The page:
Tuesday: Third Party Designs: DSD in Civil Litigation the
State and Federal Courts using Mediation and Arbitration
- Deborah R. Hensler, Suppose It's
Not True: Challenging Mediation Ideology, 2002 J. Disp. Resol. 81-99 (2002)
- John Lande, Using Dispute
System Design Methods to Promote Good-Faith Participation in Court-Connected
Mediation Programs. 50 UCLA L. Rev. 69-139 (2002). In the Lexis printout,
read the first 36 pages and skip footnotes at the end.
- Wissler, Roselle, The Effectiveness of Court-connected
Dispute Resolution in Civil Cases. Conflict Resolution Quarterly Special
Issue Conflict Resolution Quarterly Special Issue, Vol. 22(1-2), pp.
Week 4: February 5-6, 8
Monday: Justice in Jurisprudence
- Richard A. Posner, The Problems of Jurisprudence,
Chapter 11 and a portion of Chapter 12: 313-62. Cambridge, MA: Harvard
University Press (1990).
Tuesday: More Justice in Jurisprudence
Rawls, John. A Theory of Justice, Chapter 2: 54-117.
Cambridge, MA: The Belknap Press of Harvard University (1971).
Week 5: February 12-13
Monday: Justice in Social Science
- E. Allan Lind and Tom R. Tyler, The Social
Psychology of Procedural Justice pp. 7-40 and 221-242 (1988).
- Robert J. MacCoun, Voice, Control, and Belonging: The
Double-edged Sword of Procedural Fairness. Annual Review of Law and
Social Science Vol. 1, 35 pages (2005).
Tuesday: Compared to
What? Macrojustice and Microjustice: Empirical Approaches to Evaluating ADR
- David Lipsky, Ronald Seeber, and Richard Fincher,
Emerging Systems for Managing Workplace Conflict, pp. 263-295. San
Francisco, CA: Jossey-Bass (2003). This is a very light read.
- Marc Galanter & Mia
Cahill, SYMPOSIUM ON CIVIL JUSTICE REFORM: "Most Cases Settle": Judicial
Promotion and Regulation of Settlements, 46 Stan. L. Rev. 1339-1391 (1994).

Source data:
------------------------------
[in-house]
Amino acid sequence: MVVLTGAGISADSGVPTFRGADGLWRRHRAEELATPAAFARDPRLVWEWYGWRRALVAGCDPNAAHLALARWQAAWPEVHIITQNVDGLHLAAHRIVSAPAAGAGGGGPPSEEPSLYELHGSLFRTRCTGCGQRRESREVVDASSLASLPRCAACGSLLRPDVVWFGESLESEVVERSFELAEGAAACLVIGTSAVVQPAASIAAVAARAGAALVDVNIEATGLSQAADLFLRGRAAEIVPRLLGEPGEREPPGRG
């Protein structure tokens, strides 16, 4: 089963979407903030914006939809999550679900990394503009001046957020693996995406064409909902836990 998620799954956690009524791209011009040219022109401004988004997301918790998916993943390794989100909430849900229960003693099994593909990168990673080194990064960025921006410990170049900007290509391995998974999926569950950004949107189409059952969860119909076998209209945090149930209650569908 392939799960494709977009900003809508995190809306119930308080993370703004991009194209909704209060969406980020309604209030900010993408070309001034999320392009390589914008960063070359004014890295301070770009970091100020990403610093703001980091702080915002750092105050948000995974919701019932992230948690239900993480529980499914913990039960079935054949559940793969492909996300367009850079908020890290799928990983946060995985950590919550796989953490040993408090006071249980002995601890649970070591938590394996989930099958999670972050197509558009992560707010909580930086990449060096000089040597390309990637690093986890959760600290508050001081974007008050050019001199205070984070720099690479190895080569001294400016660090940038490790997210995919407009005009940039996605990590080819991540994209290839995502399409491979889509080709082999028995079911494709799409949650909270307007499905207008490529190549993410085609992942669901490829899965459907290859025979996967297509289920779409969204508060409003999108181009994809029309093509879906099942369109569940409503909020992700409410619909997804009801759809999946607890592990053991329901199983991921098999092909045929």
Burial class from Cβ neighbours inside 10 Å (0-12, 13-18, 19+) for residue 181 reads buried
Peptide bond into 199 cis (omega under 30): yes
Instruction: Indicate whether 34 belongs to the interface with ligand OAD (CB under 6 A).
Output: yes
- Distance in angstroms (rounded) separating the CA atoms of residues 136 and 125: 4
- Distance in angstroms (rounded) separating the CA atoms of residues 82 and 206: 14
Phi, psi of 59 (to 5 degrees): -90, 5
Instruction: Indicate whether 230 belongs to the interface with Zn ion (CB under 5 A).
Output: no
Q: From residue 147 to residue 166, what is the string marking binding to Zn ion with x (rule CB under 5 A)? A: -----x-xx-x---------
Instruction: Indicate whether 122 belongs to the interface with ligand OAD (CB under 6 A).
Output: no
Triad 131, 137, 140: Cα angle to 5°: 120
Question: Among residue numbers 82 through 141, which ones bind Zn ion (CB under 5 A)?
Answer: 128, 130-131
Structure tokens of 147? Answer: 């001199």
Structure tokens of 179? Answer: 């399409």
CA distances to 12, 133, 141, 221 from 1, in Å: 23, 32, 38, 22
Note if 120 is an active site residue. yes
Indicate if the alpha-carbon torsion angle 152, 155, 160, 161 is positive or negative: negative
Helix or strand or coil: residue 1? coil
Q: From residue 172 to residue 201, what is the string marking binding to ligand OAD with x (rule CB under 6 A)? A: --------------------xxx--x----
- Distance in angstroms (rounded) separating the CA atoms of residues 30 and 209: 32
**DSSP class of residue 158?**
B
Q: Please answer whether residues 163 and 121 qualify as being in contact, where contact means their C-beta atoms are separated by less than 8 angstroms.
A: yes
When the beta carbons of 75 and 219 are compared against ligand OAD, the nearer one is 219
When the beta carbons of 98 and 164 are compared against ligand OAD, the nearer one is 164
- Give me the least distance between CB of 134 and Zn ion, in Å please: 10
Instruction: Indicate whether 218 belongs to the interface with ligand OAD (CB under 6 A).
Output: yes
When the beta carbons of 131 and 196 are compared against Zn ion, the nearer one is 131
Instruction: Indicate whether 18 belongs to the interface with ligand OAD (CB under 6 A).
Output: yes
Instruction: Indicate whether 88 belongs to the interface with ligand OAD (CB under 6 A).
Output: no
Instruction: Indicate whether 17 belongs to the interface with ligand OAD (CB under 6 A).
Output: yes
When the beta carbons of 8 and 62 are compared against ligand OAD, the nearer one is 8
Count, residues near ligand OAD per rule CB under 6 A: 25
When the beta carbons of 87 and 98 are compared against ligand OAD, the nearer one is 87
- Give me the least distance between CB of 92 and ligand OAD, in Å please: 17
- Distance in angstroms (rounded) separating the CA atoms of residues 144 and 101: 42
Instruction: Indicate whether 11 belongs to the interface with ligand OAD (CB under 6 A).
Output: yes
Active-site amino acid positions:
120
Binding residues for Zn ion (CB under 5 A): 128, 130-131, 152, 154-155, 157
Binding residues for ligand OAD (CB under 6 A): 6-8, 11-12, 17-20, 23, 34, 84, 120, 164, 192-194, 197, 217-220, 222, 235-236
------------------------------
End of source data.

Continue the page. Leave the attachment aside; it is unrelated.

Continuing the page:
Skip the footnotes, and in the Lexis printout, read first 41 pages.
- Lind, et al. In the Eye of
the Beholder: Tort Litigants’ Evaluations of Their Experiences in the Civil
Justice System. Law & Society Review, Vol. 24, No. 4, pp. 953-996 (1990).
Week 6: February 20
Tuesday: DSD and Employment Law: Arbitration
- Bingham, L. B. McGeorge Symposium on Arbitration: On
Repeat Players, Adhesive Contracts, and the Use of Statistics in Judicial
Review of Arbitration Awards. McGeorge Law Review, Vol. 29(2),
- The Due Process Protocol for Mediation and
Arbitration of Employment Disputes (www.adr.org.)
Week 7: February 26-27
Monday: DSD and Employment Law: Mediation
- Bingham, Lisa B. Mediation at Work: Transforming
Workplace Conflict at the United States Postal Service, 5-35. Arlington,
VA: IBM Center for the Business of Government (October 2003).
- EEOC (website materials)
Tuesday: Efforts to Regulate or Self-regulate to Protect
- Nancy A. Welsh, The Thinning
Vision of Self-Determination in Court-Connected Mediation: The Inevitable
Price of Institutionalization? 6 Harv. Negotiation L. Rev. 1-94 (2001). Read
first 46 pages in Lexis printout and skip footnotes.
- Richard C. Reuben, Public
Justice: Toward a State Action Theory of Alternative Dispute Resolution, 85
Calif. L. Rev. 577-641 (1997). In Lexis printout, read first 33 pages and
- The Consumer Protocol (www.adr.org.)
- The Health Care Protocol (www.adr.org).
Week 8: March 5-6
Monday: CATCH UP AND REVIEW
Tuesday: MIDTERM EXAM
Week 9: SPRING BREAK
Week 10: March 19-20
Monday: Justice and DSD in Family Courts
- Joan Kelly, Family Mediation: Is There Empirical
Support for the Field? Conflict Resolution Quarterly Special Issue,
Vol. 22(1-2), pp. 3-36 (2004).
- Donald T. Saposnek, The Future of the History of
Family Mediation Research. Conflict Resolution Quarterly Special Issue,
Vol. 22(1-2), pp. 37-53 (2004).
Tuesday: Justice and DSD in Community Mediation
- Timothy Hedeen, The Evolution and Evaluation of
Community Mediation: Limited Research Suggests Unlimited Progress.